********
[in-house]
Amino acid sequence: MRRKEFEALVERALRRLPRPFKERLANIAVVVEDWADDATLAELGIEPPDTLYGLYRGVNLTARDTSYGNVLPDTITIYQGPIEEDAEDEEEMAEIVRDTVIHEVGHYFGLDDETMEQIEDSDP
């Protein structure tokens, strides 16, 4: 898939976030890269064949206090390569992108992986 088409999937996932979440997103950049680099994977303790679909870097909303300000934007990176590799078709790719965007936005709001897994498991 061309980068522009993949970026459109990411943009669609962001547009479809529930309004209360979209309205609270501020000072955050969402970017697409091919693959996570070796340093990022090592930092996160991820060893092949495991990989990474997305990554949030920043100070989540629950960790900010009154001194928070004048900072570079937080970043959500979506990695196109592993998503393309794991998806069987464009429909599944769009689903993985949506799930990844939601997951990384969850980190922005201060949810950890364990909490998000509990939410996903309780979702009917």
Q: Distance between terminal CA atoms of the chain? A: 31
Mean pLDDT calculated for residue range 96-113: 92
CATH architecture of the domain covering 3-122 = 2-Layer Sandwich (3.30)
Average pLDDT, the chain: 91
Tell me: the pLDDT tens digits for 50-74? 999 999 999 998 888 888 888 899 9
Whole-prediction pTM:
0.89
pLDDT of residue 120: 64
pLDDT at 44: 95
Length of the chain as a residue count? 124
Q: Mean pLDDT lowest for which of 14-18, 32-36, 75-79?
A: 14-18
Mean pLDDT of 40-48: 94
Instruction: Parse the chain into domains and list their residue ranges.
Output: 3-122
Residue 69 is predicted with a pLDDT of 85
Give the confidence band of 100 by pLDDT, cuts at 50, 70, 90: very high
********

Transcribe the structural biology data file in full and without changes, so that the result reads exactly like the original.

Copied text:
[in-house]
Amino acid sequence: MRRKEFEALVERALRRLPRPFKERLANIAVVVEDWADDATLAELGIEPPDTLYGLYRGVNLTARDTSYGNVLPDTITIYQGPIEEDAEDEEEMAEIVRDTVIHEVGHYFGLDDETMEQIEDSDP
């Protein structure tokens, strides 16, 4: 898939976030890269064949206090390569992108992986 088409999937996932979440997103950049680099994977303790679909870097909303300000934007990176590799078709790719965007936005709001897994498991 061309980068522009993949970026459109990411943009669609962001547009479809529930309004209360979209309205609270501020000072955050969402970017697409091919693959996570070796340093990022090592930092996160991820060893092949495991990989990474997305990554949030920043100070989540629950960790900010009154001194928070004048900072570079937080970043959500979506990695196109592993998503393309794991998806069987464009429909599944769009689903993985949506799930990844939601997951990384969850980190922005201060949810950890364990909490998000509990939410996903309780979702009917």
Q: Distance between terminal CA atoms of the chain? A: 31
Mean pLDDT calculated for residue range 96-113: 92
CATH architecture of the domain covering 3-122 = 2-Layer Sandwich (3.30)
Average pLDDT, the chain: 91
Tell me: the pLDDT tens digits for 50-74? 999 999 999 998 888 888 888 899 9
Whole-prediction pTM:
0.89
pLDDT of residue 120: 64
pLDDT at 44: 95
Length of the chain as a residue count? 124
Q: Mean pLDDT lowest for which of 14-18, 32-36, 75-79?
A: 14-18
Mean pLDDT of 40-48: 94
Instruction: Parse the chain into domains and list their residue ranges.
Output: 3-122
Residue 69 is predicted with a pLDDT of 85
Give the confidence band of 100 by pLDDT, cuts at 50, 70, 90: very high